Last week, I wrote about some commonly held myths about ticks, including that they float in the wind, jump or fall from trees. This week, I'll share some things you can do to try to minimize your dog's (and your) risk of tick bites.
The first step is prevention. Many dog owners use topical prevention products such as Frontline or Advantage, which are applied directly on your dog. The product then enters the dog's system and is secreted through the skin, killing fleas and ticks.
I don't use these products as I don't want to put a poison on my dog that is absorbed and circulated through his system and that comes with a caution not to touch it myself. Just as important, we often see dogs at All Dogs Gym that are on one of the topical products, yet have fleas and/or ticks.I prefer to use treatments that I don't consider toxic to pets.
I have tried three different approaches to tick prevention, and I think they work reasonably well. One is a recipe I was given years ago by a horse owner who said it prevented flies from biting her horses. Mix 1 cup of Avon Skin So Soft (original oil) with 2 cups of white vinegar and 1 to 3 cups of water (less water for tick prevention).
Add 1 tablespoon of eucalyptus or Citronella essential oil (available at most health food stores). Combine these ingredients and put them in a trigger spray bottle. Spray a light mist over your dog and rub it into his coat, avoiding your dog's nose and eyes.
A little goes a long way.A product that many of our clients have tried and like is called Pet Tic Off Oil, which is made up of almond oil and other essential oils. I especially like Tic Off (which we sell at All Dogs Gym) because it is made in New Hampshire by the Slippery Soap Company.
One of our employees discovered this company at the Made in New Hampshire Expo and bought a bottle for us to sample. Another natural product is Vet's Best Flea and Tick Home Spray, which is made up of peppermint oil and clove extract. It, too, has a nice scent.
As with all products, if your dog has a reaction to any of these products, wash him thoroughly to remove any residue.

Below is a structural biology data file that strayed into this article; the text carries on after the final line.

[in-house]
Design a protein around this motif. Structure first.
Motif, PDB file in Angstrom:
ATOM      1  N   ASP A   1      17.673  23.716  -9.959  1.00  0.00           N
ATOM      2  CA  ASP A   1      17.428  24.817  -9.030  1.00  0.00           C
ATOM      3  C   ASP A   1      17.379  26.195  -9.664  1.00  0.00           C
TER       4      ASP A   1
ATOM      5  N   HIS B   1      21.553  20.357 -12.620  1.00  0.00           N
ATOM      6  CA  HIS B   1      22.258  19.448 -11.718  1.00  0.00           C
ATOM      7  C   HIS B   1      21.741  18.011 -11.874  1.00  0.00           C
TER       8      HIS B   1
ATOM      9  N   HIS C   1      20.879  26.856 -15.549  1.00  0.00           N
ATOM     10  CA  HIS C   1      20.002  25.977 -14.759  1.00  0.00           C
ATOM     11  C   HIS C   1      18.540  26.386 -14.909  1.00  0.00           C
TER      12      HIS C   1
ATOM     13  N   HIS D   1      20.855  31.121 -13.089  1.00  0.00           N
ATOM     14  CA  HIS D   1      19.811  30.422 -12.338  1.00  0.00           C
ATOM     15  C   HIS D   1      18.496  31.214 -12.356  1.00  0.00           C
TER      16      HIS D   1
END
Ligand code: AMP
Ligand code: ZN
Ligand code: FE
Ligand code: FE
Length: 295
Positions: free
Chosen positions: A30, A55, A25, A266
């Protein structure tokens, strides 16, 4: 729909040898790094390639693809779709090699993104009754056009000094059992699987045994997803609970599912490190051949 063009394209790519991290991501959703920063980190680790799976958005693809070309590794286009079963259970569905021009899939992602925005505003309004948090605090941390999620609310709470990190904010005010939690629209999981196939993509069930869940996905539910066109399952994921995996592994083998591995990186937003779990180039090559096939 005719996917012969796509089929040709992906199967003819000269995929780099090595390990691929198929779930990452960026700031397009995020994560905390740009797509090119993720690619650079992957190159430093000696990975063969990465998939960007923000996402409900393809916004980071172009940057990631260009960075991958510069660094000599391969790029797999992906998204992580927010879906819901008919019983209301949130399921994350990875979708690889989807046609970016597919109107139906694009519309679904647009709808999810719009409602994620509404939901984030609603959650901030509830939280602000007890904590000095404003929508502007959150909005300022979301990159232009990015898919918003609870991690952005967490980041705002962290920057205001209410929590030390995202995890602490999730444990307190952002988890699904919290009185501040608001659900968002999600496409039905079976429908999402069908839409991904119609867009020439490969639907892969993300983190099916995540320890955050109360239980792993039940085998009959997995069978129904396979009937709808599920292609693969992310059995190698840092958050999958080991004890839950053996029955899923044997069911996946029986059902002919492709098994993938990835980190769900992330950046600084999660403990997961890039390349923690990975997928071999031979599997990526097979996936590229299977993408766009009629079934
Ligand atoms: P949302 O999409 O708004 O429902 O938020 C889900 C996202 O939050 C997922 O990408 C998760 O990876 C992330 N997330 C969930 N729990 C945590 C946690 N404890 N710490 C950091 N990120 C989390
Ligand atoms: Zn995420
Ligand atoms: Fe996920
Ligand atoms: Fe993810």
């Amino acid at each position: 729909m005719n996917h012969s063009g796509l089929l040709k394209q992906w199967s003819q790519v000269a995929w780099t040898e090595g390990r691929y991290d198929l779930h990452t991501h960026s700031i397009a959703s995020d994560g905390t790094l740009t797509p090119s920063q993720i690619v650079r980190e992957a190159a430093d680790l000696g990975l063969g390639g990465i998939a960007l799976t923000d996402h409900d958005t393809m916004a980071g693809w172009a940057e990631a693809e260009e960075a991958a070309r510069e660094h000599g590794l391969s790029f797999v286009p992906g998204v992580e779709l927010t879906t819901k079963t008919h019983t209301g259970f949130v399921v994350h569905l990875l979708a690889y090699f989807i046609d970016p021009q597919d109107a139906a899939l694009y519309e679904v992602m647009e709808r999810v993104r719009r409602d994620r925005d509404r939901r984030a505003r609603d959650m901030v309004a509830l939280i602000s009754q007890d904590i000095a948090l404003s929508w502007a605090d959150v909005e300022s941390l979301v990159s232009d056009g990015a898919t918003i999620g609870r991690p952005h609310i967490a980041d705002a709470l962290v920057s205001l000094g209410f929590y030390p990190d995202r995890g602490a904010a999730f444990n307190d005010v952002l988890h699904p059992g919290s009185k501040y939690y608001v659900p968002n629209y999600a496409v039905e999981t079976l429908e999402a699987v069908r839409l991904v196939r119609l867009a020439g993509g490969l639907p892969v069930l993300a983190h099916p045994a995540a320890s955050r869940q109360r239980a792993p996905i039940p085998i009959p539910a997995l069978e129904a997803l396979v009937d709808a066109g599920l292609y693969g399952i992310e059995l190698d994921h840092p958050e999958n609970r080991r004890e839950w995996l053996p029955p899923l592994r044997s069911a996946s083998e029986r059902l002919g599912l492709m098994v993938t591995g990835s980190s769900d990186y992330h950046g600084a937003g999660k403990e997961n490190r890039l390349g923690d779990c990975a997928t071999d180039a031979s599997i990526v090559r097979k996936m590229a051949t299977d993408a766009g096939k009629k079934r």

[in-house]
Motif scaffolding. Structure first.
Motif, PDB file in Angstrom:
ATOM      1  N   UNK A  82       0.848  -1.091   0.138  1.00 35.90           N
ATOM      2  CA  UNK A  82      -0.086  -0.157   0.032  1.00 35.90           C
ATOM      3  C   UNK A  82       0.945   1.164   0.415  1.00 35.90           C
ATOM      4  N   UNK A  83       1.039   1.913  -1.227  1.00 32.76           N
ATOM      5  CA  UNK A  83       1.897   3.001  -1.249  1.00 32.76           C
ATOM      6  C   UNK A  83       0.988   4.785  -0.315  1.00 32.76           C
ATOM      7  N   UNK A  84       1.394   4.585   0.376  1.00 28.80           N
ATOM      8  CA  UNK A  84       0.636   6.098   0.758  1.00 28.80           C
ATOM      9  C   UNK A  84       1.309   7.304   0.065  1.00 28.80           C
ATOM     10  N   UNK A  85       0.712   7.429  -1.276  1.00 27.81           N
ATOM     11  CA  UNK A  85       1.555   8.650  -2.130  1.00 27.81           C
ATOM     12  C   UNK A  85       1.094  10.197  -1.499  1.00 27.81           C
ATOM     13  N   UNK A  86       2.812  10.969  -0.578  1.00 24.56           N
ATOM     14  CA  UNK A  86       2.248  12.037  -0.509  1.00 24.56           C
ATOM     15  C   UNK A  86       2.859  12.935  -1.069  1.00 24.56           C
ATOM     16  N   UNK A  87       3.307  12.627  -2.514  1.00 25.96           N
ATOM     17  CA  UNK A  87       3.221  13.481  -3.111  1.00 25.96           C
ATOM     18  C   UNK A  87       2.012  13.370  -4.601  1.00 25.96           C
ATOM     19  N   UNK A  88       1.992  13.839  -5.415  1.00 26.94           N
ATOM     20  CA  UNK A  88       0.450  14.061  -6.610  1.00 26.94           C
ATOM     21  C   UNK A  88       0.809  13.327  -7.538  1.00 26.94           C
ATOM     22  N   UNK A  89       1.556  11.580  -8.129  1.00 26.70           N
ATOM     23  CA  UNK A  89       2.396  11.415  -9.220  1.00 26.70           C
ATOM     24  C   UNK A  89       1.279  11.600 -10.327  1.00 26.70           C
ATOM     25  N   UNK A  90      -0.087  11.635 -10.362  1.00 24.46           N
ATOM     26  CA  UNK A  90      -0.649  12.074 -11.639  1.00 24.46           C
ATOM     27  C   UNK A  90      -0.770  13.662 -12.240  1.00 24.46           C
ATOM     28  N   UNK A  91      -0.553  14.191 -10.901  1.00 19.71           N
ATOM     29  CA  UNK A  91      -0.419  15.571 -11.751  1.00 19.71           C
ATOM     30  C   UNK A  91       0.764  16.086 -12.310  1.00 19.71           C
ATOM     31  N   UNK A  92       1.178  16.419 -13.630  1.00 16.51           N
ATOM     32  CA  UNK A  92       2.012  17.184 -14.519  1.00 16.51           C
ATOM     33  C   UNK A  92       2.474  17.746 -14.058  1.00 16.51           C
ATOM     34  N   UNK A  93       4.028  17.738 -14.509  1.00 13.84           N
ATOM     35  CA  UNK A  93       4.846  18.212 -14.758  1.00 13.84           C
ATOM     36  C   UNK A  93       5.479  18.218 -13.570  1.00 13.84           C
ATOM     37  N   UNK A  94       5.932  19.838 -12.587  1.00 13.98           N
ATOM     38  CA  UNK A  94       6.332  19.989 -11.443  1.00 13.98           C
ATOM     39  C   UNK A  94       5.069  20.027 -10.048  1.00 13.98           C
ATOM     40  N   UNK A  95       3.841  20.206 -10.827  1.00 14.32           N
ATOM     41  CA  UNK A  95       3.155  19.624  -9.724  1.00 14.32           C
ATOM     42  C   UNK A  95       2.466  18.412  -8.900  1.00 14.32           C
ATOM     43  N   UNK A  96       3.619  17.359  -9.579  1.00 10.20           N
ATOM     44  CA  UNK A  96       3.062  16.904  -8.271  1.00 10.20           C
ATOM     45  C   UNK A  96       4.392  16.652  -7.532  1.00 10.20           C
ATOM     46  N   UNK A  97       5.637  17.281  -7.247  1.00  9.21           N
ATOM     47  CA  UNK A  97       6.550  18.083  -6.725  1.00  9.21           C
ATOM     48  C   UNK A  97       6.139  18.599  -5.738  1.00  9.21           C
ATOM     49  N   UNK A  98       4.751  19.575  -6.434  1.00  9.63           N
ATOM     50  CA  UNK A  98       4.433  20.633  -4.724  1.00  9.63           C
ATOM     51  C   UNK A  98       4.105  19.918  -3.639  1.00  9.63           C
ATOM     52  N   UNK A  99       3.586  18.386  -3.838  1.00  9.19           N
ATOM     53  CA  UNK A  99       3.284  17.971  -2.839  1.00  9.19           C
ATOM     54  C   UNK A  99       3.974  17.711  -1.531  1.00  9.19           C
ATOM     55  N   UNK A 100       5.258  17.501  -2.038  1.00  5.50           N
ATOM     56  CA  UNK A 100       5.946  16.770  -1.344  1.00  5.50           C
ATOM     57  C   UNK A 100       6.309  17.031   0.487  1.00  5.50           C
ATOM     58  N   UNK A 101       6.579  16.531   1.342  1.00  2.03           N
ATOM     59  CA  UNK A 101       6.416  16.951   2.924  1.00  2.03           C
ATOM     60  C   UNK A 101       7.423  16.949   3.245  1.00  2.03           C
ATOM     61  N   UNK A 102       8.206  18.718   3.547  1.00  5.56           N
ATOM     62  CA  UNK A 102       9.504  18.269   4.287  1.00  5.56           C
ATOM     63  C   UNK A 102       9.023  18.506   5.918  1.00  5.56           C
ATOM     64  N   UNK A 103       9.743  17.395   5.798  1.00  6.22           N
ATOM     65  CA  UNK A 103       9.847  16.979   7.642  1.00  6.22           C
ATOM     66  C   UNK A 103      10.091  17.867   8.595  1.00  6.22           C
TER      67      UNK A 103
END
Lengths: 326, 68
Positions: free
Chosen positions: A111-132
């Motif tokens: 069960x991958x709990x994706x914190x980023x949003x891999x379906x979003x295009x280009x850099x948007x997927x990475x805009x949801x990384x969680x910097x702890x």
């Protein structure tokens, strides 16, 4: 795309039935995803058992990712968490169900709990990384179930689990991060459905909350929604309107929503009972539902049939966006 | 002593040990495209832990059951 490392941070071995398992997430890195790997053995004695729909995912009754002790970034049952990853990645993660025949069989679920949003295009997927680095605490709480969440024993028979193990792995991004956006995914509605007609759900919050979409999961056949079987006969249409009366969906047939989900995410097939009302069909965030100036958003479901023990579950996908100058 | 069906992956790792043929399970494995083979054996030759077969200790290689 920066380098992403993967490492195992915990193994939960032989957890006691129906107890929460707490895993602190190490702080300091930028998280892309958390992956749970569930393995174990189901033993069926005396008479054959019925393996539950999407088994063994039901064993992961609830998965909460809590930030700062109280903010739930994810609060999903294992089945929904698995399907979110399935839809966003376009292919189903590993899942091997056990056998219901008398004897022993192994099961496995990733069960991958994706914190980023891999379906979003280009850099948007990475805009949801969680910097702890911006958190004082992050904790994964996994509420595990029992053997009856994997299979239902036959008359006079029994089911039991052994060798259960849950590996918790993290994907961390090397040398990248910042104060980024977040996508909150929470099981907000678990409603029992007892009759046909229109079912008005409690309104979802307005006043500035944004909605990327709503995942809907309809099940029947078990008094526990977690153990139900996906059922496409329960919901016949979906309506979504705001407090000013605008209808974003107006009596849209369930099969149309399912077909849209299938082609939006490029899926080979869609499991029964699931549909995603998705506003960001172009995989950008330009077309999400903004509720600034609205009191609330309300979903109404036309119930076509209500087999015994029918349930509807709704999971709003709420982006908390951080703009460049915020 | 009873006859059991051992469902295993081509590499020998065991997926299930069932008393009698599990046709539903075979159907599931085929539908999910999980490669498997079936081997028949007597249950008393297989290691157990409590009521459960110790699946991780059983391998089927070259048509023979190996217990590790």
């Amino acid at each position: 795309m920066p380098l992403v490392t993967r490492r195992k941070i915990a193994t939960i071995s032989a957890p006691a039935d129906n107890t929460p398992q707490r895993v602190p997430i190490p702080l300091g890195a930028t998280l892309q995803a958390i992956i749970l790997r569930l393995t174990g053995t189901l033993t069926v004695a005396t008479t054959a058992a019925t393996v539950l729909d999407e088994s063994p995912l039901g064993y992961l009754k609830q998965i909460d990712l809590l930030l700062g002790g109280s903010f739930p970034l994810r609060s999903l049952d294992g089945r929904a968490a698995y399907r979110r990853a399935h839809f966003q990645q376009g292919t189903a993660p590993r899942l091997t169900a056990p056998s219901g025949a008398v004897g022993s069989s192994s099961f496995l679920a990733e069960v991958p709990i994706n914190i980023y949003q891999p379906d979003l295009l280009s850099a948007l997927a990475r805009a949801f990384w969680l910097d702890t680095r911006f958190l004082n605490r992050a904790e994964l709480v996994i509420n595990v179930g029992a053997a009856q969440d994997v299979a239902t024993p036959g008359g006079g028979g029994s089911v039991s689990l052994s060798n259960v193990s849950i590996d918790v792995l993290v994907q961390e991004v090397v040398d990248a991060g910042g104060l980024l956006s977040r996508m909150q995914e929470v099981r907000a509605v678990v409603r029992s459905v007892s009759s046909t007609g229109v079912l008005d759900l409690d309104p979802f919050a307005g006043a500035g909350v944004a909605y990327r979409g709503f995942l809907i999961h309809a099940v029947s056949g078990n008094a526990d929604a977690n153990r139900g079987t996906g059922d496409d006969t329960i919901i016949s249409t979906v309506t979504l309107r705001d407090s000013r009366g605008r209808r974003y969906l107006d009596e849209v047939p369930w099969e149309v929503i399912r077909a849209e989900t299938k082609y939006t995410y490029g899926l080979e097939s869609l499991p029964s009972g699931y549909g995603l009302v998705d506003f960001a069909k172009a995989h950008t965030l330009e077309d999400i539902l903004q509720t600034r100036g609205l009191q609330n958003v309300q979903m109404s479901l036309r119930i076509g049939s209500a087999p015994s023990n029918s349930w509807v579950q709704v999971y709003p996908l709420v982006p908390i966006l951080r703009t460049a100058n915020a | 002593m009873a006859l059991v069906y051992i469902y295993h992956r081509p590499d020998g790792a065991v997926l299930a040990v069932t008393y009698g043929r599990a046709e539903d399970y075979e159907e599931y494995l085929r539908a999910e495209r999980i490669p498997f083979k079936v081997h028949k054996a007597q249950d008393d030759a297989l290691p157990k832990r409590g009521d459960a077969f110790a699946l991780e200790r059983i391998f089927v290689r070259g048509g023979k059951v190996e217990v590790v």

When you're applying a spray-on product to your dog, make sure you spray his legs as well as the body (avoiding the eyes and nose) because ticks are picked up as your dog runs through weeds, grass and leaf litter, and they crawl upward.
I've used these products on my own dogs. I have found ticks on Larry after a run in the woods, but Larry also bounds through streams, washing off the product I've applied.
So what if your prevention tactics haven't been foolproof (which none is)? The University of Rhode Island Tick Encounter Resource Center (TERC) (www.Tickencounter.org) recommends using needle-nose tweezers, grasping the tick close to the dog's skin and pulling straight out.
Once you've removed the tick, you need to properly dispose of it. Ticks don't crush easily, nor should you try to crush them. Ticks can survive for three days or more under water, so flushing - while it removes the tick from your house - doesn't kill it.
TERC recommends using clear tape to seal the tick to a 3-by-5-inch card and adding the date you removed it. You can examine the type of tick it is under the tape (the TERC website has pictures to compare with), and recording the date you removed it helps in case you develop symptoms.
Personally, I like to dispose of ticks in a jar with Clorox and water. Clorox not only kills the tick, but it makes me feel as if I'm also destroying the pathogens they carry. It's probably silly, but it does make me feel better.
Gail Fisher, author of "The Thinking Dog," runs All Dogs Gym & Inn in Manchester. To suggest a topic, email firstname.lastname@example.org or write c/o All Dogs Gym, 505 Sheffield Road, Manchester, NH 03103. Past columns are on her website.